Northampton

Storm Doris 'bite dog' Muppet 'not a public danger', police expert says

Muppet the dog Image copyright Northamptonshire Police
Image caption Northamptonshire Police has applied for a Civil Destruction Order for Muppet

A dog facing destruction by police after allegedly biting four people during Storm Doris "does not continue to present a danger to public safety", the force's own expert has said.

Northamptonshire Police has applied for a Civil Destruction Order for Muppet after the attacks involving two dogs.

But his owner said none of the victims could state Muppet had bitten them.

In a document seen by the BBC, the police's expert witness described Muppet as "insecure and subdued".

Northamptonshire Police previously said letting the dog live was not a "safe option".

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Staffie-cross Muppet and a friend's dog Phoebe were in owner Jeff Penfold's garden in Duston near Northampton when the storm blew down a gate on 23 February.

The dogs escaped and four people were bitten, police said.

However, Mr Penfold said three people stated they had not been bitten by Muppet, and the fourth victim was not sure if it was him.

Phoebe was destroyed and 15-month-old Muppet was seized and placed in kennels.

Image copyright Jeff Penfold
Image caption Muppet (r) lived at home with his mother and father Ben (l)

Although no criminal charges have been brought, Mr Penfold was twice asked to sign a voluntary destruction order, but refused.

Northamptonshire Police has declined to make any further comment ahead of a hearing at Wellingborough Magistrates' Court on 10 October.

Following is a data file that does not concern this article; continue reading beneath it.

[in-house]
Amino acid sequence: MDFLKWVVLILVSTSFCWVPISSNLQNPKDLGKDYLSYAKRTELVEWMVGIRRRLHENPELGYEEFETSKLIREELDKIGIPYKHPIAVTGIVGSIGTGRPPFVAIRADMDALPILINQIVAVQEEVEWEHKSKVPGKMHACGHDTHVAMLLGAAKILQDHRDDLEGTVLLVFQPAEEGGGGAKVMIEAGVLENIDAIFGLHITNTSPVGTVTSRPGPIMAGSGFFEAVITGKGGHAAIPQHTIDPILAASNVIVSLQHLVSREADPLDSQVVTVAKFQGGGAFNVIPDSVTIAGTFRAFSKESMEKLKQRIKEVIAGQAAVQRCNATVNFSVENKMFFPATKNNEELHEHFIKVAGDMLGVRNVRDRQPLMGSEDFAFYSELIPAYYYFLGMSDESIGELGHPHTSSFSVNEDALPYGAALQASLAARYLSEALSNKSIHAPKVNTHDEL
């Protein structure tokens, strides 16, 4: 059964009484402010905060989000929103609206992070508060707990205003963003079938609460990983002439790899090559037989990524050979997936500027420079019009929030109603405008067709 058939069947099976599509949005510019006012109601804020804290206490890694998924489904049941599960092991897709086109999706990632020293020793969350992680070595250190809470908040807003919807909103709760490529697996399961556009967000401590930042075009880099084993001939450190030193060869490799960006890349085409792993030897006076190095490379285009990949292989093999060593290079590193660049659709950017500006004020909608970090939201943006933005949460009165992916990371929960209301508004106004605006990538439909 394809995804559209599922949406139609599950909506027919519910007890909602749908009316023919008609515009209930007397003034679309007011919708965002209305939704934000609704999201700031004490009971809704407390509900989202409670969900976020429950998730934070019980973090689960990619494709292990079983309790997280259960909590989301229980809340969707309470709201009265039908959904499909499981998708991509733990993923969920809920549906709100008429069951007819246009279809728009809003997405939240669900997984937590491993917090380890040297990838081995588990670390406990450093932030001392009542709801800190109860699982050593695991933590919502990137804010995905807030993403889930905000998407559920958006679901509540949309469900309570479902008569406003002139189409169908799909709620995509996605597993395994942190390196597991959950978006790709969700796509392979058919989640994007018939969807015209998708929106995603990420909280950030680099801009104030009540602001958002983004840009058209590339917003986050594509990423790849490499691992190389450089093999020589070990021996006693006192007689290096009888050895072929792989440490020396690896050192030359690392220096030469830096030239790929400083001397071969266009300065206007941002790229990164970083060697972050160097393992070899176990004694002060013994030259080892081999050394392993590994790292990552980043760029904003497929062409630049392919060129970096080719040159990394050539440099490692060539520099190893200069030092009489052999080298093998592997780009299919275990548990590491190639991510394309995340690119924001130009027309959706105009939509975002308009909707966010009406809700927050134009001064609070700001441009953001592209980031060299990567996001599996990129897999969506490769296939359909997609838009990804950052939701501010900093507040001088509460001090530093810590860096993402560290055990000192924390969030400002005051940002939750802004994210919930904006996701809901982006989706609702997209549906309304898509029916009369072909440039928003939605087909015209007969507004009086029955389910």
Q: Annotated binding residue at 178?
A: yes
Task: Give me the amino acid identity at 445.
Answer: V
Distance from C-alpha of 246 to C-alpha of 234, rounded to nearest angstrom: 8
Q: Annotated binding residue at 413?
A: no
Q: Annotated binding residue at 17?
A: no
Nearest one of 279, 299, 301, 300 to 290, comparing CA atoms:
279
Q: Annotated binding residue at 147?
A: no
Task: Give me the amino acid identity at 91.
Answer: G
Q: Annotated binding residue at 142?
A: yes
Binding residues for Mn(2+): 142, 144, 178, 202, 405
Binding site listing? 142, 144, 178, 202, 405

'Real lap dog'

Muppet was examined the day after the attacks by a police dog handler and trainer brought in by the force as an expert witness.

The officer, whose role includes providing guidance on the Dangerous Dogs Act, described Muppet as "insecure and subdued".

"I did not consider the dog's behaviour at any time to be that of a dog that continues to present a danger to public safety," he said.

However, Muppet was "in the presence of another dog" at the time and his behaviour may have been "influenced by other dogs within its environment", he concluded.

Muppet's owner Mr Penfold has not been allowed to see him since February and said he was "distraught".

The dog was "the most placid animal and a real lap dog".

'Save Muppet' petition

Muppet had "never shown any aggression", he said, and was regularly taken to a care home for people with dementia and walked by a young man with autism.

Police applied for the destruction order saying it was "proportionate... to avoid a criminal case for the owners".

The decision prompted a backlash on Facebook with hundreds saying it was wrong to punish the "frightened" dog, although some agreed the police response was the right one if the dog had bitten people.

A petition started on Friday to "save Muppet from destruction" has more than 4,700 signatures.

Mr Penfold said he would abide with any compliance orders including muzzling, but "just wants Muppet home".

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